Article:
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ST. LOUIS – Mercury, Venus, Mars, Jupiter, Saturn, and even Earth’s moon are putting on a pretty cool show in the predawn sky right now.

Seeing all five visible planets together in the sky is not a rarity but seeing them in order is. And you can do just that Friday morning.

“We have little Mercury down low on the horizon,” said Will Snyder, manager of the James S. McDonnell Planetarium at the Saint Louis Science Center. “Working your way up, you work your way through the solar system. Bright Venus. You’ve got the moon, roughly where the Earth would be in the solar system. Then continuing to red Mars, Jupiter, and then all the way over to Saturn.”

Mercury, Venus, Mars, Jupiter, and Saturn to align in the pre-dawn sky in June 2022.

The planetary alignment has been visible since early June. But the view will be great Friday as our moon joins the parade of planets as an Earth stand-in. The planets and moon will form an arc in the pre-dawn east and southeastern sky. Yes, you are going to have to set an alarm for this show.

“We’re recommending 4:30 to 5:00 a.m. or maybe even a little bit after. That’s really the perfect time if you want to catch the planets in the morning sky.

If you are up at that time or decide to get up, the planets will be easy to spot with the naked eye, Venus being the brightest and Mercury the faintest.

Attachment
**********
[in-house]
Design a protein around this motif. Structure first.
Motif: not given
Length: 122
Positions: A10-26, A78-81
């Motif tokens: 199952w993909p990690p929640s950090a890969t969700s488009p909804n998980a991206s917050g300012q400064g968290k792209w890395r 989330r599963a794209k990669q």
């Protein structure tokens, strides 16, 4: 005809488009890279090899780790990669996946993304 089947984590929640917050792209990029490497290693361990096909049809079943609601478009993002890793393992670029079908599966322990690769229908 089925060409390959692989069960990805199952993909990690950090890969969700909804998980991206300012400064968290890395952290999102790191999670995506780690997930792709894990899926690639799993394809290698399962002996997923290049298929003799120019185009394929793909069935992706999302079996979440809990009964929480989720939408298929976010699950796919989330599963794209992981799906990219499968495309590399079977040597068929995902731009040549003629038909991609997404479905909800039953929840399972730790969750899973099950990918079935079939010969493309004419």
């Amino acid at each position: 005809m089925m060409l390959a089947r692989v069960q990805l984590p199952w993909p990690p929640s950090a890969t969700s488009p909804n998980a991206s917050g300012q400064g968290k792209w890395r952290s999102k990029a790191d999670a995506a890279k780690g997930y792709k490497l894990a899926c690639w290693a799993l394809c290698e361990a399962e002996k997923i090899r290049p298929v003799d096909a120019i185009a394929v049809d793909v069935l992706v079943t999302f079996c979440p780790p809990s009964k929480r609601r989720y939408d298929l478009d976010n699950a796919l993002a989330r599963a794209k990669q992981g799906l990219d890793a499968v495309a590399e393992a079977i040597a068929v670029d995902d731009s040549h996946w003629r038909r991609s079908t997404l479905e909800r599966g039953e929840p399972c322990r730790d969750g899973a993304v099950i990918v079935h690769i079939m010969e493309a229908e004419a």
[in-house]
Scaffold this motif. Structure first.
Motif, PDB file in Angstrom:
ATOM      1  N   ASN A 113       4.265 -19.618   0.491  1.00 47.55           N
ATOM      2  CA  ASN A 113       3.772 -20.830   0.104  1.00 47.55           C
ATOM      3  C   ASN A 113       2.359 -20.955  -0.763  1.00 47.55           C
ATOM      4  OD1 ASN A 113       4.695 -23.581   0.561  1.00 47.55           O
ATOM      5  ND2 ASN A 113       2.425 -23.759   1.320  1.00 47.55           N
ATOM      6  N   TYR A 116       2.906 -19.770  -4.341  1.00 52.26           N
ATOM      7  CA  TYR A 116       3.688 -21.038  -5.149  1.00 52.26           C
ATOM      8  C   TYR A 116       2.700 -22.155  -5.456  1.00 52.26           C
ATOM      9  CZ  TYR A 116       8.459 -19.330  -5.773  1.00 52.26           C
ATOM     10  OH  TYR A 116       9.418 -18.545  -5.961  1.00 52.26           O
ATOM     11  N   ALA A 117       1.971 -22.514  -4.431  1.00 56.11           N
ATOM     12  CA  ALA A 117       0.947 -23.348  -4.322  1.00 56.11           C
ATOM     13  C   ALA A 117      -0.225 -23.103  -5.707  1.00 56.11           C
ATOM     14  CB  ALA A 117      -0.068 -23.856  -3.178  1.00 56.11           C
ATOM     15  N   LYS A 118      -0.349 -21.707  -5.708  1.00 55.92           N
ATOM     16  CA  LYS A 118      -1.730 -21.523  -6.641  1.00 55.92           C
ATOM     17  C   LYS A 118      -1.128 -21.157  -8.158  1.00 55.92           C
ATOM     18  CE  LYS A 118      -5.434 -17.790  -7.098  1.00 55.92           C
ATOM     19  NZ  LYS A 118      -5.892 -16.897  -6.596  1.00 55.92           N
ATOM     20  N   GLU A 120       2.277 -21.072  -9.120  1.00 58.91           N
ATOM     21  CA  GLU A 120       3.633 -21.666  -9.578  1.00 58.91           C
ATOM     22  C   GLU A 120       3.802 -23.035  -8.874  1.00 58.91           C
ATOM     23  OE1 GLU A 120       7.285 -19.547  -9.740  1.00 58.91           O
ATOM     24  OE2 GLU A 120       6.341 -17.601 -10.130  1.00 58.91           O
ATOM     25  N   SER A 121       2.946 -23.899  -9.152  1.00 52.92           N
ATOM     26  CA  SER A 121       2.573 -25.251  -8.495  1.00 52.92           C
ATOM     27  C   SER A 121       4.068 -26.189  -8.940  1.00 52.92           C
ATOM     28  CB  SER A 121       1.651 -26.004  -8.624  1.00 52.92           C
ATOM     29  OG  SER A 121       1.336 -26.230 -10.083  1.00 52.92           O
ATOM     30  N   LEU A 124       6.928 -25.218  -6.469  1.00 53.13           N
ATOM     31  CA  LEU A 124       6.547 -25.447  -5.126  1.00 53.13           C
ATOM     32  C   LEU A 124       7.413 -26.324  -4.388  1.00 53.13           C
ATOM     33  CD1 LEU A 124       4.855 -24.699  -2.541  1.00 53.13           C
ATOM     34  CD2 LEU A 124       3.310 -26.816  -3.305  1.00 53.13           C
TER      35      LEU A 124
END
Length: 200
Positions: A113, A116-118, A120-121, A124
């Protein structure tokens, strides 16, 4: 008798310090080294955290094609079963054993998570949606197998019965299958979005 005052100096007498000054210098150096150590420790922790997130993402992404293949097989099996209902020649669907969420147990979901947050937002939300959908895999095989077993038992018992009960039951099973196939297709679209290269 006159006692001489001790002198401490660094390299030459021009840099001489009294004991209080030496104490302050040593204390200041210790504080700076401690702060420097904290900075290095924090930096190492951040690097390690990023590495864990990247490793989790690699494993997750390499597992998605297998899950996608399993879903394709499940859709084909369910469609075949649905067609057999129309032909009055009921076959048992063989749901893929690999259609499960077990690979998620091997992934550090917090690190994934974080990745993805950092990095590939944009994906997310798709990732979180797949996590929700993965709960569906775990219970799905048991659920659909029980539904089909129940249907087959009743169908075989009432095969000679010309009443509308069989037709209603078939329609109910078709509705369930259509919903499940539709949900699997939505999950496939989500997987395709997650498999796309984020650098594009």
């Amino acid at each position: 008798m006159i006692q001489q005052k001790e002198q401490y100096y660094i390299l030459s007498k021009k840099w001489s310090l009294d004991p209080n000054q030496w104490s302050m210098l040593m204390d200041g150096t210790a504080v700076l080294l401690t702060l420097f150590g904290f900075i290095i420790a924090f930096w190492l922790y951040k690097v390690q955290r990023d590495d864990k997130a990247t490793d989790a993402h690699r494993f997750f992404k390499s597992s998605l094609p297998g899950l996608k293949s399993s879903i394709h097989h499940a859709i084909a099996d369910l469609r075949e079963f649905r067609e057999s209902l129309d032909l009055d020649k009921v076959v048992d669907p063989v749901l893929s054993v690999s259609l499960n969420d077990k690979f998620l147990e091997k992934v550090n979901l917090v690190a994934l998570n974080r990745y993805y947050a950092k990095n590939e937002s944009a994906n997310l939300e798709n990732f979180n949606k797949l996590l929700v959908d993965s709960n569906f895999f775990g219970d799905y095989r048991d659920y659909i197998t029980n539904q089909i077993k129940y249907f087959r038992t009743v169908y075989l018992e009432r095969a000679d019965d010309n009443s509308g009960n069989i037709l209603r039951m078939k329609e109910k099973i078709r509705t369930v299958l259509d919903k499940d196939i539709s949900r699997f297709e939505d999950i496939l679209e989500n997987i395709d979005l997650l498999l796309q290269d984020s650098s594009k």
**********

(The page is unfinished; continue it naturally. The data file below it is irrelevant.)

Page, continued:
“Not only is it very faint, but it is low on the horizon. So if you have trees or buildings or anything close to your house, that will make it tough to see Mercury,” Snyder said.

The last time this happened was in 2004, but the planets are a bit closer together this time.

“It makes for astrophotography or pictures anyone is taking a lot easier this go around,” he said.

And if you need another reason to get up and check out this planetary parade early Friday, the International Space Station will also make an appearance.

“Going out between 4:50 and 5 o’clock, If you are watching the planets and the moon, you will see a bright point of light coming through. It’s not aliens or UFOs, but it should be the International Space Station making a nice pass,” says Snyder.

It isn’t necessary, but if you have a telescope and feel like lugging it out first thing in the morning, you can find the planets of Uranus and Neptune in the parade as well.

All five planets will remain visible, in order, in the early morning sky through the end of the month. Note though that the moon will change positions. We won’t see another lineup like this until 2040.